Questions From Readers
● Do Jehovah’s witnesses believe in doctors?
Yes, Jehovah’s witnesses avail themselves of the various medical skills to assist them with their health problems. They love life and want to do whatever is reasonable and Scriptural to prolong it. Like Luke, the Christian in the first century who was a physician, some Witnesses today are doctors, in many fields of health. (Col. 4:14) However, they do not accept therapy that conflicts with Bible requirements, such as a blood transfusion. The Bible specifically forbids the taking of blood to nourish the body.—Gen 9:4; Lev. 17:1-14; Acts 15:28, 29.
Jesus and the apostles often miraculously cured the sick and infirm with the power of the holy spirit as a sample of what will be done in a complete sense in Jehovah’s new system of things. After the death of the apostles near the close of the first century, the gifts of miraculous healing on the part of God’s servants ceased, and thus Jehovah’s witnesses today do not expect a miracle to restore them to health. They do, however, look to God to bless and direct their efforts to care for their health in a reasonable manner. Yet they know that, even as occurred with the apostles, God still allows death to take faithful ones whose bodies have reached the point where they cannot sustain themselves with good food and adequate rest or with the help of physicians.
There are, of course, various theories on the treatment of disease. The Watch Tower Society does not advocate one method over another; individually each witness of Jehovah is left to choose whatever treatment he or she feels best. From time to time our publications discuss the different healing arts and methods employed, doing so as a matter of interest to our readers, but letting each one decide what may be beneficial.
We recognize that there are sometimes wide differences of opinion among those who deal with health matters. But there is no reason for one Christian having feelings in one direction to criticize those whose inclinations are toward other forms of treatment, as long as what is decided upon is not prohibited by God’s Word. It is important to recognize, too, that, as the facts show, the treatment that results in good for one person may have no beneficial effect on another and may actually work to his harm.
Jehovah’s witnesses, while being grateful for whatever relief from sickness and disease the medical profession can provide, appreciate that such relief is at most temporary and that we must look to God for permanent relief from sickness. In Jehovah’s new system, now very near, human creatures will be cured of their sicknesses, and even death will be eliminated on the basis of the ransom of Christ Jesus.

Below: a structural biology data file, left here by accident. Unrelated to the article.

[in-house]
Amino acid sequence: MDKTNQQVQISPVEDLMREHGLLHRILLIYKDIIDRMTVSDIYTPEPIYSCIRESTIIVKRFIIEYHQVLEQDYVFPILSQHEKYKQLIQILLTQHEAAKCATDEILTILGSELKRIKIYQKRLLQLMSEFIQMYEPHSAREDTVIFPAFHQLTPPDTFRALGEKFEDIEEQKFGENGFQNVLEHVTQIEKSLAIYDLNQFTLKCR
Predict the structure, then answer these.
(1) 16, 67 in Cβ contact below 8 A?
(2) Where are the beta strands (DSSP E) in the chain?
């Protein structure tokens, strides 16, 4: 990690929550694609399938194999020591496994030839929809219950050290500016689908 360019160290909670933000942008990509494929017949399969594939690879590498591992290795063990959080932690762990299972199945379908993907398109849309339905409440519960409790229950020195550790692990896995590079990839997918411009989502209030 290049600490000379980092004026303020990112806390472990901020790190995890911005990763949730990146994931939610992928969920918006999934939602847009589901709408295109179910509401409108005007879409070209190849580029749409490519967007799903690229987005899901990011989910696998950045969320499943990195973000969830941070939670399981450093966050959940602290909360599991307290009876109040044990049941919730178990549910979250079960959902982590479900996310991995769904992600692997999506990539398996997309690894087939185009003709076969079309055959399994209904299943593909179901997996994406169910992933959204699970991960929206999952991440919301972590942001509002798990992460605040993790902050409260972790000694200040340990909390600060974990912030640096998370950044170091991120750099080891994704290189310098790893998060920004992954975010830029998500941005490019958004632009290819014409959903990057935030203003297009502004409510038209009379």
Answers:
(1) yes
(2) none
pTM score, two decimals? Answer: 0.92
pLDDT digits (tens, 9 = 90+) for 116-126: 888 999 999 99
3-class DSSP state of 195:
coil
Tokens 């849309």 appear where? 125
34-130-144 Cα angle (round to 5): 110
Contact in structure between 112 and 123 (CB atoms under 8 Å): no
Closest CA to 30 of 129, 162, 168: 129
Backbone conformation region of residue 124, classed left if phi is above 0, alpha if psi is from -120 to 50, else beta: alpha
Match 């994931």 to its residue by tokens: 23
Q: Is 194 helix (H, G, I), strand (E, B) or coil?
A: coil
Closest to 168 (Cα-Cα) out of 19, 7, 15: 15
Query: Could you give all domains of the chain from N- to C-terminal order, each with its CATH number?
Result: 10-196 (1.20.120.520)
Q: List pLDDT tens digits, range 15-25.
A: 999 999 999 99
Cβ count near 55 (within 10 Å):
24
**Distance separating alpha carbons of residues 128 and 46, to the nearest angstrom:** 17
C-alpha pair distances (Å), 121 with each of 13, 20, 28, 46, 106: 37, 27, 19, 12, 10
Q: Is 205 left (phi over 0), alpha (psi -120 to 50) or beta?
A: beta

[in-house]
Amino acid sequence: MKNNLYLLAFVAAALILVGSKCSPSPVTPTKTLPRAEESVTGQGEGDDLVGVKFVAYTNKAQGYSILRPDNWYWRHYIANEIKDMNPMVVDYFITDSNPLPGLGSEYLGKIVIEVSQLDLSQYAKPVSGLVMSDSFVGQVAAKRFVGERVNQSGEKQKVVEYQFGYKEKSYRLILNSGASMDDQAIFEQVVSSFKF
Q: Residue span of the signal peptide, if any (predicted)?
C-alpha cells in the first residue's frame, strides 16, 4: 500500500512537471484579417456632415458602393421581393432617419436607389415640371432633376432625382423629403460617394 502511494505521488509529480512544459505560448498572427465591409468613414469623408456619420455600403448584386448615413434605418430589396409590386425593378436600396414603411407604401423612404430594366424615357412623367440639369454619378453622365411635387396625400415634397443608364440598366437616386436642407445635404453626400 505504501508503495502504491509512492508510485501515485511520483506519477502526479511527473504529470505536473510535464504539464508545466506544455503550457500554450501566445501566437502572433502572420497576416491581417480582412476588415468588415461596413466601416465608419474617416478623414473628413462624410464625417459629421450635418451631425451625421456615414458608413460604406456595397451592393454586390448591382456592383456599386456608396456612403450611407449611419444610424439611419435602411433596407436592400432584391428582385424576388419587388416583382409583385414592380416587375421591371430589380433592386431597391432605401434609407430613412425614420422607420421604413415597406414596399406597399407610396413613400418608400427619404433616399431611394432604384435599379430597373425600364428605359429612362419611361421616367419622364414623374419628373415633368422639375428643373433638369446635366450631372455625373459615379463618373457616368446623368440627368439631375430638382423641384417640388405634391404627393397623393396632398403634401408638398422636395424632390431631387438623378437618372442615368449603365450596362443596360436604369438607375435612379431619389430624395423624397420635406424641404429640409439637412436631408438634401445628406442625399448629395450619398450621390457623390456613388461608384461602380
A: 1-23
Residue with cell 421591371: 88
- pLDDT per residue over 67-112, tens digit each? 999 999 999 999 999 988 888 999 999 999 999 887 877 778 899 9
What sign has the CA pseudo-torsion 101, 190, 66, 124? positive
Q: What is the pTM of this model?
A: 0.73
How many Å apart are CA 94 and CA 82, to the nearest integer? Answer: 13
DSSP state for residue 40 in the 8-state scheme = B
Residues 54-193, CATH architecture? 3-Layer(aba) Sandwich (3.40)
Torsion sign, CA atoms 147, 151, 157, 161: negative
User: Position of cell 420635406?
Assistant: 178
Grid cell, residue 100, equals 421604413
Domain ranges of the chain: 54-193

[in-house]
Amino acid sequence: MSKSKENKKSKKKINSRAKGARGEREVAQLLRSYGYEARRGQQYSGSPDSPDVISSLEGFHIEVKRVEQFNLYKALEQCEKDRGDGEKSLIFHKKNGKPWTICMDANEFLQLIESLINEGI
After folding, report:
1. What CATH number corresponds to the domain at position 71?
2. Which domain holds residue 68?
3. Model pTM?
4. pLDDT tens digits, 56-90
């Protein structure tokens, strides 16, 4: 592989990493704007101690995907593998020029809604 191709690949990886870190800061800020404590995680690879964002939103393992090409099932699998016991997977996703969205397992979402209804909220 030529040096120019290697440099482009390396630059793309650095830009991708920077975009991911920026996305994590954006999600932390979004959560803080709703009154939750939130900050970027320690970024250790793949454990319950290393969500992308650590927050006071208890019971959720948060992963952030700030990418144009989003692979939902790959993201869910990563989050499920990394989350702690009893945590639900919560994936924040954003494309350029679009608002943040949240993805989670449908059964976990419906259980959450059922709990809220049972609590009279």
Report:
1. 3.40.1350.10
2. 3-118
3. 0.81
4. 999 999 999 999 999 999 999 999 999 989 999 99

● I find Exodus 4:24-26, about the circumcision of Moses’ son, hard to understand. Whose life was in danger, and what occurred?
This passage appears in the account about Moses’ return to Egypt, along with his wife Zipporah. Exodus 4:24-26 literally reads: “Now it came about on the road at the lodging place that Jehovah [that is, Jehovah’s angel] got to meet him and kept looking for a way to put him to death. Finally Zipporah took a flint and cut off her son’s foreskin and caused it to touch his feet and said: ‘It is because you are a bridegroom of blood to me.’ Consequently he let go of him. At that time she said: ‘A bridegroom of blood,’ because of the circumcision.”
This is an obscure passage and we cannot at this time be conclusive about its entire meaning. Other scriptures, though, do shed considerable light on it. So we offer the following suggestion:
The law earlier given to Abraham regarding circumcision stated: “An uncircumcised male who will not get the flesh of his foreskin circumcised, even that soul must be cut off from his people. He has broken my covenant.” (Gen. 17:14) It being, not Moses, but his son who was uncircumcised, the boy’s life was evidently the one threatened by Jehovah’s angel. Then, too, Moses had received a divine commission from God through his angel to lead the Israelites out of Egypt. (Ex. 3:10) So it does not seem reasonable to conclude that Moses himself would be threatened with death by an angel of God while Moses was on his way to fulfill that commission.
It was the angel of Jehovah that had the power from God to kill Moses’ son for not being in accord with the covenant of circumcision. Logically, therefore, Zipporah would have caused the foreskin (the evidence of having complied with the covenant) to touch the angel’s feet and thus show that there was now no reason for her son to die.
Zipporah’s unusual expression, “You are a bridegroom of blood to me,” was evidently made because circumcision involved a covenant. The author of that covenant was Jehovah God as here represented by His angel. Hence, in addressing Jehovah through his representative angel as a “bridegroom of blood,” Zipporah appears to have been, not speaking critically, but acknowledging her own submission now to the terms of that covenant. It was as if she had accepted a wifely position in the circumcision covenant, with Jehovah God as the husband. By this act of obedience to God’s proper requirement, the life of her son was no longer in danger.